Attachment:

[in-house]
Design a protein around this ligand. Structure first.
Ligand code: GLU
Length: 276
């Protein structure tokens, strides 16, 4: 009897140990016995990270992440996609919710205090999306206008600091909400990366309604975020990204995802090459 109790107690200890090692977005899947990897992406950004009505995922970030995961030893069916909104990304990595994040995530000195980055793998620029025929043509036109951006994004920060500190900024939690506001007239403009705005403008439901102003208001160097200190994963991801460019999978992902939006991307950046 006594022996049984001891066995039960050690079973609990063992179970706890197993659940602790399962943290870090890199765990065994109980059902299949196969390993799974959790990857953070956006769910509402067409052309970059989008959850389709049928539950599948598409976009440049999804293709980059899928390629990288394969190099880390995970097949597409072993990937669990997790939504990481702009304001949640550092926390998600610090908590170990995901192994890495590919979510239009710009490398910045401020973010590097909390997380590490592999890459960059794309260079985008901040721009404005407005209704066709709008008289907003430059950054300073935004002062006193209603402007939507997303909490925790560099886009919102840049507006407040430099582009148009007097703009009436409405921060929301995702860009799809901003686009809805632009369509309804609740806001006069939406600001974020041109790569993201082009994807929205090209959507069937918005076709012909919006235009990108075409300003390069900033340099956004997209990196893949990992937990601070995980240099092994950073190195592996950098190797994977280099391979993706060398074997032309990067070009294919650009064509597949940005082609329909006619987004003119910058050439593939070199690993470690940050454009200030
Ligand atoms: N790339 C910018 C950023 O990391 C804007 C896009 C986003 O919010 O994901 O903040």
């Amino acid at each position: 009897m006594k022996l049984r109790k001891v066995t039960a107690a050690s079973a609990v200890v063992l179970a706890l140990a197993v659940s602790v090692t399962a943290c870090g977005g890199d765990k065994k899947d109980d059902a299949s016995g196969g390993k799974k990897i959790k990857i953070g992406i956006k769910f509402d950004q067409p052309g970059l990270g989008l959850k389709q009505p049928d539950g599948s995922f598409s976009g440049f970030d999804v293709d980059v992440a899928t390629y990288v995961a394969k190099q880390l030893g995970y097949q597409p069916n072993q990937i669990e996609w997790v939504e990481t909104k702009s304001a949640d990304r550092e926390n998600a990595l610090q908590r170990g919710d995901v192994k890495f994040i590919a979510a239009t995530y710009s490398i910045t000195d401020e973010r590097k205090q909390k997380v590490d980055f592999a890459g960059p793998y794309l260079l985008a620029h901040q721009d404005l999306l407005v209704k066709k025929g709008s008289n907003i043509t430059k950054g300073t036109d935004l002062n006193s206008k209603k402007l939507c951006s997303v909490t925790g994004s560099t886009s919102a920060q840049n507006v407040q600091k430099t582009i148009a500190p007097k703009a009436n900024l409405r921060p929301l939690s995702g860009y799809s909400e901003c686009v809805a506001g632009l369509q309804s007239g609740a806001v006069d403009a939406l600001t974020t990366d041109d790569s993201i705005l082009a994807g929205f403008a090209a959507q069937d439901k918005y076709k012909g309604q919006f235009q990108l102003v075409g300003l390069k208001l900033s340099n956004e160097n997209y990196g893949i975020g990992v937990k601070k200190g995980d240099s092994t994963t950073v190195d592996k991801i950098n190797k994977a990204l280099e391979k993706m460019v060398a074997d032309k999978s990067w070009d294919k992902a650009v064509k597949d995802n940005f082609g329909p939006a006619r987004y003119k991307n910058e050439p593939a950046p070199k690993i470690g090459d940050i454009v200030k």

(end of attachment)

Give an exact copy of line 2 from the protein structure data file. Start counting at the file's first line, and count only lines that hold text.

Design a protein around this ligand. Structure first.